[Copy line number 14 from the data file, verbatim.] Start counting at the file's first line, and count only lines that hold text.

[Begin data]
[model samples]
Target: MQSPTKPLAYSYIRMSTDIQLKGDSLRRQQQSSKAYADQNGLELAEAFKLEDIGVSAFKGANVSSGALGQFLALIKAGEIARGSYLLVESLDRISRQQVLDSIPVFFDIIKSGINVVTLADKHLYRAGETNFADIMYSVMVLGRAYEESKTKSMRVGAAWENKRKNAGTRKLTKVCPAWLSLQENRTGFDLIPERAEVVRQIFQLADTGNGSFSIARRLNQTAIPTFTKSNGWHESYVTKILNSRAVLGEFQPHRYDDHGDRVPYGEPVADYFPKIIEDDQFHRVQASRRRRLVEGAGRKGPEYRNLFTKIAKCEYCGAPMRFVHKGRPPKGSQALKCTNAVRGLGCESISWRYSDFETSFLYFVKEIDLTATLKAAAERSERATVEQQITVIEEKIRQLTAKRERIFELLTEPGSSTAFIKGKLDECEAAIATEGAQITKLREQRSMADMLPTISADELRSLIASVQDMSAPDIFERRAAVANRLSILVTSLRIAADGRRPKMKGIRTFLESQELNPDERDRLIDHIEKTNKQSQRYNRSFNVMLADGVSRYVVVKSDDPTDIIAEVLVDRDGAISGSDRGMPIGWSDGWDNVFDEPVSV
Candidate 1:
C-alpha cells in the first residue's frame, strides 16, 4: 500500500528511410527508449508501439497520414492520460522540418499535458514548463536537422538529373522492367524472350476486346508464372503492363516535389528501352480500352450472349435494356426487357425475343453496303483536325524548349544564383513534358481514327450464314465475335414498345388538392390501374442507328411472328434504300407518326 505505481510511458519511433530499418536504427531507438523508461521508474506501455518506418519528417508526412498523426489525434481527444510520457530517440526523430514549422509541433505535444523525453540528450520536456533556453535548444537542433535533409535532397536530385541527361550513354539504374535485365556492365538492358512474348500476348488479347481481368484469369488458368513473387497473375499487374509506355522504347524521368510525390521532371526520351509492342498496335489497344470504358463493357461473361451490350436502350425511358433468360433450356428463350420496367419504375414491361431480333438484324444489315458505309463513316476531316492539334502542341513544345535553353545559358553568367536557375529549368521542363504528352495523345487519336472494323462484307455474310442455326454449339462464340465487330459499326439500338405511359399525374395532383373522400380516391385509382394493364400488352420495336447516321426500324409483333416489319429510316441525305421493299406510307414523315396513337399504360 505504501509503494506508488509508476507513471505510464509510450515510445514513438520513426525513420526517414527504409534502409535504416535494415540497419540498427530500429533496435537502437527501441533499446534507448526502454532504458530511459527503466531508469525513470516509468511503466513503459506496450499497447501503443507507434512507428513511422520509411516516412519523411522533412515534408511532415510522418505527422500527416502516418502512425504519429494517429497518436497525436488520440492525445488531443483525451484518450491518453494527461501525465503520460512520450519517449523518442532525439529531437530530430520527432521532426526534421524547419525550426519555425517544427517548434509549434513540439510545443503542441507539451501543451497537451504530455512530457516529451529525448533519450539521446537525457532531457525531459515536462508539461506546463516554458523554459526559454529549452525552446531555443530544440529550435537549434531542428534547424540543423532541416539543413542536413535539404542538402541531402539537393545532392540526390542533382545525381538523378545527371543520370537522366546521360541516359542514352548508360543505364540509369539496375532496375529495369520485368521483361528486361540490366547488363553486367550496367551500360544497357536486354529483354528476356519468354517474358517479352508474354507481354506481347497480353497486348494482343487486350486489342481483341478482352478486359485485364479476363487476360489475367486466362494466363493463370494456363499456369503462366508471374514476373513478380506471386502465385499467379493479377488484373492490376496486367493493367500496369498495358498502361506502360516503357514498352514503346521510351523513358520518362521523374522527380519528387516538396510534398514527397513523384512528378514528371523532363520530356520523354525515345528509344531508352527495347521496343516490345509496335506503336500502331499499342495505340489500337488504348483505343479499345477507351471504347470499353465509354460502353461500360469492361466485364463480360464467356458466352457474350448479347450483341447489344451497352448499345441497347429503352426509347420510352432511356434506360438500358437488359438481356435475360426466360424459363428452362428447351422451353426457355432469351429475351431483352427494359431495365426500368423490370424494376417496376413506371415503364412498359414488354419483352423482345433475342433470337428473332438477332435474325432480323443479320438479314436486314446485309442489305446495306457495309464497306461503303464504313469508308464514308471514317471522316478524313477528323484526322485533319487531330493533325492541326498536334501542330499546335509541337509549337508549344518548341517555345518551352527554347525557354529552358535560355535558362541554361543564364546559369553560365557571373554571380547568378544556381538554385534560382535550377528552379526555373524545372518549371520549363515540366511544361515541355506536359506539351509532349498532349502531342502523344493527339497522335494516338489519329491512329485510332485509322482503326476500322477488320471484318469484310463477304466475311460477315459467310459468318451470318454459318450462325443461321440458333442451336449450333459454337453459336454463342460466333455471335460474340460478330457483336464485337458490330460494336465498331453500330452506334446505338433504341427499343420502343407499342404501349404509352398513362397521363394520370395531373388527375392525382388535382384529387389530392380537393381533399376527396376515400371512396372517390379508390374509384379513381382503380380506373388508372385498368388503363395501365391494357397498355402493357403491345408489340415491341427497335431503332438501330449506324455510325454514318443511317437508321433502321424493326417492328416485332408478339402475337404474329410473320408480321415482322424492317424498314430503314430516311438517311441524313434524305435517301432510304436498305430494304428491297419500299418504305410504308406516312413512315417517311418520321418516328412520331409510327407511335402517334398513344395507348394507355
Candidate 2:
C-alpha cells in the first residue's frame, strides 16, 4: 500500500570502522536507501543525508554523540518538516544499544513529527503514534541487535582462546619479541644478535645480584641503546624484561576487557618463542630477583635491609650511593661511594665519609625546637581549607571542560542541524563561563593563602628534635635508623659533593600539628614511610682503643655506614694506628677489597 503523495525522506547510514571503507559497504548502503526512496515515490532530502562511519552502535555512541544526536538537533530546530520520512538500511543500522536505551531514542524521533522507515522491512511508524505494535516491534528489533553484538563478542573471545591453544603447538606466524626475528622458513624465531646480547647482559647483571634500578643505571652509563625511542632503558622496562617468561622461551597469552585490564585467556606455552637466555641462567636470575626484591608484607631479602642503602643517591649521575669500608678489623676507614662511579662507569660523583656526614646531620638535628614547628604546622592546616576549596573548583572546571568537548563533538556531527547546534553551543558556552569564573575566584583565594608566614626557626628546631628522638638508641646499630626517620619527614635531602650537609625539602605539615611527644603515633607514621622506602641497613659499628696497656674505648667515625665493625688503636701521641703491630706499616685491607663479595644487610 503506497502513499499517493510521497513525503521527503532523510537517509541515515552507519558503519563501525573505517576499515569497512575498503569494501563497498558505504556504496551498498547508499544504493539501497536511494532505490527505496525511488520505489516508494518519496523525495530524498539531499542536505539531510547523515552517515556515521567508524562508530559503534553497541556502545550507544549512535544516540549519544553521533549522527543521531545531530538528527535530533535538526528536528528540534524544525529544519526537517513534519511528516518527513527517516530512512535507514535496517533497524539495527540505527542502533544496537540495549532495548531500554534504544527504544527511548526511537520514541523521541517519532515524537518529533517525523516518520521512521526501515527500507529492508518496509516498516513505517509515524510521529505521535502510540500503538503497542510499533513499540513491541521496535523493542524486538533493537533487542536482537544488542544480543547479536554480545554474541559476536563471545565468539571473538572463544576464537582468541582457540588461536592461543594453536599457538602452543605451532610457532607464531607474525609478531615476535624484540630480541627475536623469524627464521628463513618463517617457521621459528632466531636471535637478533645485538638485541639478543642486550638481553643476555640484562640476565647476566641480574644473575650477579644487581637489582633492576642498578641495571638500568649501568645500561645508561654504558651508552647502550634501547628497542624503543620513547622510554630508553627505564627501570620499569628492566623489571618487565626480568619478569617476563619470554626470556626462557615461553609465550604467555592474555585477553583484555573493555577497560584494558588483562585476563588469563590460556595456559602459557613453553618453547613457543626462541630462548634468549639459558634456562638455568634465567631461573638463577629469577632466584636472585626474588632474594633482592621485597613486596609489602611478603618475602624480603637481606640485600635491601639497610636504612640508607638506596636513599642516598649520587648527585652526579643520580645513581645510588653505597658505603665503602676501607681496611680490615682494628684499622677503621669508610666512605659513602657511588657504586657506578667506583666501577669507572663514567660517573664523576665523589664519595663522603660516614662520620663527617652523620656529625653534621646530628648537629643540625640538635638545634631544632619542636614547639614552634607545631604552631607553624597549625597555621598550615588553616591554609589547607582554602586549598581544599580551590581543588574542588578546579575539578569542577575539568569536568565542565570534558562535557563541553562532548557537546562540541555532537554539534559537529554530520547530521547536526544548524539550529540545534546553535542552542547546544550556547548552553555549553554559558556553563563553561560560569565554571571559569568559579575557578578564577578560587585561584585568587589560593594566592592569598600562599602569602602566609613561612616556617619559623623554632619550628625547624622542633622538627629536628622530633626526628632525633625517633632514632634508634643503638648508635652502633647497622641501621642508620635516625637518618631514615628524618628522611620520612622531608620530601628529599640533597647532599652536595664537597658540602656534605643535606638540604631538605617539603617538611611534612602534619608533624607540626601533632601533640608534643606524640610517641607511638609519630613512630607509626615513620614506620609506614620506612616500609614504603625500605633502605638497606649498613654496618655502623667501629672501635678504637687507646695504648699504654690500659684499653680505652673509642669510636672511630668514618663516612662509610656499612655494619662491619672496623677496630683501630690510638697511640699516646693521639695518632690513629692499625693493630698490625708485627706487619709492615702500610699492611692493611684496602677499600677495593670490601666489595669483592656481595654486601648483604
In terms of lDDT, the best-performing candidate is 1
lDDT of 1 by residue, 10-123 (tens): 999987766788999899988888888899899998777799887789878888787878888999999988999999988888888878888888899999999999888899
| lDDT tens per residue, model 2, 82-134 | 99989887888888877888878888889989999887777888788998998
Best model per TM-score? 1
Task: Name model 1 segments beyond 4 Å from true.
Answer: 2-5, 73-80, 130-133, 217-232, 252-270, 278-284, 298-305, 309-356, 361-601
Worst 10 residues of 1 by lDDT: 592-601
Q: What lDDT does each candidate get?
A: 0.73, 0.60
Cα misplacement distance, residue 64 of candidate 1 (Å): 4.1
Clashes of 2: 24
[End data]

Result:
Q: What lDDT does each candidate get?